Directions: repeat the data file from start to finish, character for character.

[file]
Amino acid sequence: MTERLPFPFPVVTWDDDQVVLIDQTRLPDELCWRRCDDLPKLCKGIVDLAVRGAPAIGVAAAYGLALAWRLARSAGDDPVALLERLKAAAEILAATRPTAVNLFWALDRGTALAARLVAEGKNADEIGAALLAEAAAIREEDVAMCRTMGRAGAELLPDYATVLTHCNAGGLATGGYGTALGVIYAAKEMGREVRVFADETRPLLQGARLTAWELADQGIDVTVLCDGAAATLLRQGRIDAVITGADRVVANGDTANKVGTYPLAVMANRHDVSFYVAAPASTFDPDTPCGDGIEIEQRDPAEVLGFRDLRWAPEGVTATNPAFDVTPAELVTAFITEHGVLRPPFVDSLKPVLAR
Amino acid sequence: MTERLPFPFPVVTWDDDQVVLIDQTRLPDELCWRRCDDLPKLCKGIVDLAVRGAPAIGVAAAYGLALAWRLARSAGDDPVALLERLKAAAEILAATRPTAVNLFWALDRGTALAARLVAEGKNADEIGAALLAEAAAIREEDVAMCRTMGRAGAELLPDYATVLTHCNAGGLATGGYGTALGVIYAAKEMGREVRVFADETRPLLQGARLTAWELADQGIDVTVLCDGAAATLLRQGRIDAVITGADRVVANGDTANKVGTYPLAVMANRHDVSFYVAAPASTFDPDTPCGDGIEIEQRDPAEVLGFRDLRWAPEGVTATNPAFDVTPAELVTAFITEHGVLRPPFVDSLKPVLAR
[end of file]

Amino acid sequence: MTERLPFPFPVVTWDDDQVVLIDQTRLPDELCWRRCDDLPKLCKGIVDLAVRGAPAIGVAAAYGLALAWRLARSAGDDPVALLERLKAAAEILAATRPTAVNLFWALDRGTALAARLVAEGKNADEIGAALLAEAAAIREEDVAMCRTMGRAGAELLPDYATVLTHCNAGGLATGGYGTALGVIYAAKEMGREVRVFADETRPLLQGARLTAWELADQGIDVTVLCDGAAATLLRQGRIDAVITGADRVVANGDTANKVGTYPLAVMANRHDVSFYVAAPASTFDPDTPCGDGIEIEQRDPAEVLGFRDLRWAPEGVTATNPAFDVTPAELVTAFITEHGVLRPPFVDSLKPVLAR
Amino acid sequence: MTERLPFPFPVVTWDDDQVVLIDQTRLPDELCWRRCDDLPKLCKGIVDLAVRGAPAIGVAAAYGLALAWRLARSAGDDPVALLERLKAAAEILAATRPTAVNLFWALDRGTALAARLVAEGKNADEIGAALLAEAAAIREEDVAMCRTMGRAGAELLPDYATVLTHCNAGGLATGGYGTALGVIYAAKEMGREVRVFADETRPLLQGARLTAWELADQGIDVTVLCDGAAATLLRQGRIDAVITGADRVVANGDTANKVGTYPLAVMANRHDVSFYVAAPASTFDPDTPCGDGIEIEQRDPAEVLGFRDLRWAPEGVTATNPAFDVTPAELVTAFITEHGVLRPPFVDSLKPVLAR